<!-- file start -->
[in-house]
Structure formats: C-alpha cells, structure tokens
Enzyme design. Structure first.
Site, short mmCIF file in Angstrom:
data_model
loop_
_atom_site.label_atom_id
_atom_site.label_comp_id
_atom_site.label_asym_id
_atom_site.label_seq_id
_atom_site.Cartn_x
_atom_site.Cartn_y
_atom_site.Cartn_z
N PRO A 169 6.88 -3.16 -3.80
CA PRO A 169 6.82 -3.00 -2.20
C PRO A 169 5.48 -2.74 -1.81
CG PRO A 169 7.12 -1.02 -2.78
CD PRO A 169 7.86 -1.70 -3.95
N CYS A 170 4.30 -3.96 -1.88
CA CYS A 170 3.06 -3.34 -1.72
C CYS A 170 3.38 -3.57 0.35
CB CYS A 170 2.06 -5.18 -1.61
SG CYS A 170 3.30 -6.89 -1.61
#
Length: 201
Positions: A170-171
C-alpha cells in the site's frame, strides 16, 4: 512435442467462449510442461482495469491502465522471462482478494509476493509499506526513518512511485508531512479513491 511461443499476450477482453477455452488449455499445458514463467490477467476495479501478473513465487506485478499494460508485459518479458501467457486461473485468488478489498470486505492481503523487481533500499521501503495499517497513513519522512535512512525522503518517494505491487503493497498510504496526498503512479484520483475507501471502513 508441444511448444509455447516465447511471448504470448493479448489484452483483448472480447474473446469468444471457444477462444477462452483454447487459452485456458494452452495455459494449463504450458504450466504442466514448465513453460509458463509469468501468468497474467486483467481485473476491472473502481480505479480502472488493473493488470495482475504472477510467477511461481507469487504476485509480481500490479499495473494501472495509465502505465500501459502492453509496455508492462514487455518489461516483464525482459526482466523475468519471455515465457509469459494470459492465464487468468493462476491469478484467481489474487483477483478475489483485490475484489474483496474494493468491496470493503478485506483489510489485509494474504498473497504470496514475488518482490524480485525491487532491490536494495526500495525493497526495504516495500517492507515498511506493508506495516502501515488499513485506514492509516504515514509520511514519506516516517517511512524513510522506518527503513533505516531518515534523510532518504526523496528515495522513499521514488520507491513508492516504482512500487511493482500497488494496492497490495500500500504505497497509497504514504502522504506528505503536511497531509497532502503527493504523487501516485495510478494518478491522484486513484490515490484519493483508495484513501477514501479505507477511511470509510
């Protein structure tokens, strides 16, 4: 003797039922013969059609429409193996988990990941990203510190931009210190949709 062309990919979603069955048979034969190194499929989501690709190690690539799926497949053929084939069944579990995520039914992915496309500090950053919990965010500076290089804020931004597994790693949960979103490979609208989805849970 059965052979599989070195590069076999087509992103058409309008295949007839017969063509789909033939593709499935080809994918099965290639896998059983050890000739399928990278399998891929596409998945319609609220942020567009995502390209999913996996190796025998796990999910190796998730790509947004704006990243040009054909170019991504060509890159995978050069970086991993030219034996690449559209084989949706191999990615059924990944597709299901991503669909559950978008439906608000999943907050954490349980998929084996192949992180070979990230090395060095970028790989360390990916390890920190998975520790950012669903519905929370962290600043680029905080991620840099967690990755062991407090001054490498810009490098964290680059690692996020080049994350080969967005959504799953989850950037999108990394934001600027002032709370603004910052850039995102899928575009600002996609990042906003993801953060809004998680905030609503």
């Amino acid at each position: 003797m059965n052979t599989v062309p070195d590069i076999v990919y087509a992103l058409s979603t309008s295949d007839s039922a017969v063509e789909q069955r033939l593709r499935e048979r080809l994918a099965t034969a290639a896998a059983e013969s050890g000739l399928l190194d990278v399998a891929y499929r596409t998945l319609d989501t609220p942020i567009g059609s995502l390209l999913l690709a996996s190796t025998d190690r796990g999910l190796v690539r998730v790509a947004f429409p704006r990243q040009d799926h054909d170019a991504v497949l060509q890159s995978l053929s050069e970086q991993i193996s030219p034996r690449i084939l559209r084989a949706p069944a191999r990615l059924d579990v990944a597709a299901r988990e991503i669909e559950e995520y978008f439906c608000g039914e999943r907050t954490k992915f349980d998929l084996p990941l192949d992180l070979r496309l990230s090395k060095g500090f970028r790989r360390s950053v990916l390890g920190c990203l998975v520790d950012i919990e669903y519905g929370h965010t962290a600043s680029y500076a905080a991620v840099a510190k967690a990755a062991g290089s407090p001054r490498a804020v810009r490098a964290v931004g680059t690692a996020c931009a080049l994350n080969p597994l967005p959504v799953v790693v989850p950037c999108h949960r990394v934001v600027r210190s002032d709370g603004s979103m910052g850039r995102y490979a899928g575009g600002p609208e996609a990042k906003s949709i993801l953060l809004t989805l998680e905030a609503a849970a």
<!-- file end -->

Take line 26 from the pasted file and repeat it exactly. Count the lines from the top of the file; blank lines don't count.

Positions: A170-171